Quill was a suite of software tools designed to foster an environment for literacy in classrooms. We wrote it in Pascal for the Apple II computer. The software, teacher’s guide, and workshops were used widely, including in village schools in Alaska, which I visited three times during the project in 1983-84. Carol Barnhardt played a major role in setting up that Alaska project and in helping us understand the history and context of schooling in Alaska.
Andee Rubin and I later wrote the book, Electronic Quills, which looks in detail at the stories of early users. 1982-84. The book centers on the words and experiences of teachers and students who used QUILL—a software package developed by the authors to aid in the teaching and learning of writing. It looks in detail at the stories of these early users and considers questions relevant for other teachers, students, researchers, and developers of educational innovations.
Questions posed include:
- What does it mean to develop an environment for literacy in an actual classroom?
- How can a teacher create an environment in which students work together toward meaningful goals?
- How can a teacher promote the rich communication so necessary for developing language?
- What is the role of technology in the practice and development of literacy?
The examination of the QUILL experiences provides a fuller and more revealing account of what it meant to use QUILL than would have been possible through standard evaluation techniques. At the same time, the focus on the particulars also finds analogues in analyses of similar pieces of open-ended software or educational innovations in general.
- Contexts for Literacy Development
- QUILL: A System to Support Literacy Development [summary]
- The Alaska Context (by Carol Barnhart)
- Alternate Realizations of Purposeful Writing. Adapted as
Rubin, A., & Bruce, B. (1990).Alternate realizations of purpose in computer-supported writing. Theory into Practice, 29, 256-263.
- The Alaska QUILL Network: Fostering a Teacher Community Through Telecommunication
- Situated Evaluation
Citation: Bruce, B. C., & Rubin, A. D. (1993). Electronic Quills: A situated evaluation of using computers for writing in classrooms. Hillsdale, NJ: Lawrence Erlbaum. [232 pp.; ISBN 0-805-81168-0]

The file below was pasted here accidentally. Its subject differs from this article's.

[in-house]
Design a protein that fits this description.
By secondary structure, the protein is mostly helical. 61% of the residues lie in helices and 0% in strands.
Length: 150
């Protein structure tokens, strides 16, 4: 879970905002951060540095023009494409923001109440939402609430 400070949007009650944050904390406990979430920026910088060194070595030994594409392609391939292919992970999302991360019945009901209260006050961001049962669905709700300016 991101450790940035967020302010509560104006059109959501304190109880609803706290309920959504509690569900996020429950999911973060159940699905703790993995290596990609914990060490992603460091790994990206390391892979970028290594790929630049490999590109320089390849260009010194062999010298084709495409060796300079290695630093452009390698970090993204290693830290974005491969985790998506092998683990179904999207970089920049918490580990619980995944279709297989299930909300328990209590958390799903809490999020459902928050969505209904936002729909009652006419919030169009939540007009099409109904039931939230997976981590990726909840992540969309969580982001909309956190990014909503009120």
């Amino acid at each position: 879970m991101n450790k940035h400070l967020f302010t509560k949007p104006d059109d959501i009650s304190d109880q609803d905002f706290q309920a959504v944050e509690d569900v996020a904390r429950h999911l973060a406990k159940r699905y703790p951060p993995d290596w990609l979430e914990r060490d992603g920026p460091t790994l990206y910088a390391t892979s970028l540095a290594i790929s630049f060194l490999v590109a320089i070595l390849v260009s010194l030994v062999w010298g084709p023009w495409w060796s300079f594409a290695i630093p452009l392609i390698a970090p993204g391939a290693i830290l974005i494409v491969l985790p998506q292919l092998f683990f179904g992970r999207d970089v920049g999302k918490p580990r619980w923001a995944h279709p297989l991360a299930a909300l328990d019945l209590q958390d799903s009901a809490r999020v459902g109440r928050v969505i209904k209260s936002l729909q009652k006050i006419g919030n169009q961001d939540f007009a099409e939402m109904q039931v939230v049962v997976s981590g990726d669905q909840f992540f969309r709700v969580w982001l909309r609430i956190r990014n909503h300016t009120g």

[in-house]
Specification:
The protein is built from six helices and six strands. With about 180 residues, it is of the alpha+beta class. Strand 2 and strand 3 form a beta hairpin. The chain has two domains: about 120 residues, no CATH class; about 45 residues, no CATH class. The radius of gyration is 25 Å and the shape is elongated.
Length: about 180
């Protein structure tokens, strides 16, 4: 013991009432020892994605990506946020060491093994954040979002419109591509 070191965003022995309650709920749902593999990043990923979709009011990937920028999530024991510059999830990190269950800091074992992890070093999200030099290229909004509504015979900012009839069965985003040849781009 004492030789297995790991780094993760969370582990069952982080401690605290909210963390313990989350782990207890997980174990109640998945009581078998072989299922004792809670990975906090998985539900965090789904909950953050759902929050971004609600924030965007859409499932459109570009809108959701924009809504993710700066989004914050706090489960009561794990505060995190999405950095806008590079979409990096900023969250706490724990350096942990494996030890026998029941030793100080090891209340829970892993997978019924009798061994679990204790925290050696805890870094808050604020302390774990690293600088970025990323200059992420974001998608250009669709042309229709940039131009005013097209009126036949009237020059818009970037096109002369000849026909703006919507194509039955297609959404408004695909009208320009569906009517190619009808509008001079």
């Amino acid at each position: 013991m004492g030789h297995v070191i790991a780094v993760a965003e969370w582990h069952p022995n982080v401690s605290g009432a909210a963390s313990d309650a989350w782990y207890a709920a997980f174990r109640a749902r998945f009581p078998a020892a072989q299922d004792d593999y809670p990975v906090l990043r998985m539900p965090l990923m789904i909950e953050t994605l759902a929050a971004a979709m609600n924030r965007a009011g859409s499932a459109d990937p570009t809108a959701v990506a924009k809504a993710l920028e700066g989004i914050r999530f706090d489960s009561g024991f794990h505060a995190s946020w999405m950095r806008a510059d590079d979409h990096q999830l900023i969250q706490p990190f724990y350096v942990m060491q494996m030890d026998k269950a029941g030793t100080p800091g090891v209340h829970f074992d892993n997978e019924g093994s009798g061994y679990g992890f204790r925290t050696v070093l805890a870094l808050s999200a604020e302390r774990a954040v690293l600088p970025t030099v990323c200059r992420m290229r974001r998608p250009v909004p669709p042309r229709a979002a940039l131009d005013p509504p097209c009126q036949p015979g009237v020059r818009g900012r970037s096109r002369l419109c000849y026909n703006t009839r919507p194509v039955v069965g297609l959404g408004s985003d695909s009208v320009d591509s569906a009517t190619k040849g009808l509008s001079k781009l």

- Choice: “This excellent book describes in detail the inauguration processes and results (realizations) of varied field testing of the Electronic Quills literacy curriculum…. Scholars and students will find the references current and productive. Highly recommended for acquisition by academic libraries…especially useful for professionals and for university faculty, graduate students, and scholars with special interests in curriculum development, educational innovation, and teacher education.”
- Technical Communication Quarterly: “…its central theses and ethnographic detail make it a worthwhile read for those interested in designing computer writing environments, especially across educational levels….well based in educational theory, but its real power resides in its anecdotes, its summaries of student and faculty exchanges, and its presentation of computer-mediated texts.”
- Riel, Margaret (1985). “The Computer Chronicles Newswire: A Functional Learning Environment for Acquiring Literacy Skills”. Journal of Educational Computing Research. 1 (3): 317–337.
- Cochran-Smith, Marilyn (1991). “Word Processing and Writing in Elementary Classrooms: A Critical Review of Related Literature”. Review of Educational Research. 61 (1): 107–155.
- Marcus, S. (1984). “Computers in the curriculum”. Electronic Learning. 4: 90–94.
- Office of Educational Research and Improvement (ED), National Diffusion Network (1990). Educational Programs that Work. A Collection of Proven Exemplary Educational Programs and Practices(16th ed.). Longmont, CO: Sopris West. p. 352.
- Tonfoni, Graziela (1984). “Il computer a scuola: Intervista con Bertram Bruce”. Informatica Oggi: 124–125.
- “Software Reviews”. Computing Teacher. 1983 (1). 1985.
- Levin, J. A.; Boruta, M. J.; Vasconcellos, M. T. (1983). “Microcomputer-based environments for writing: A writer’s assistant”. Classroom Computers and Cognitive Science: 219–232.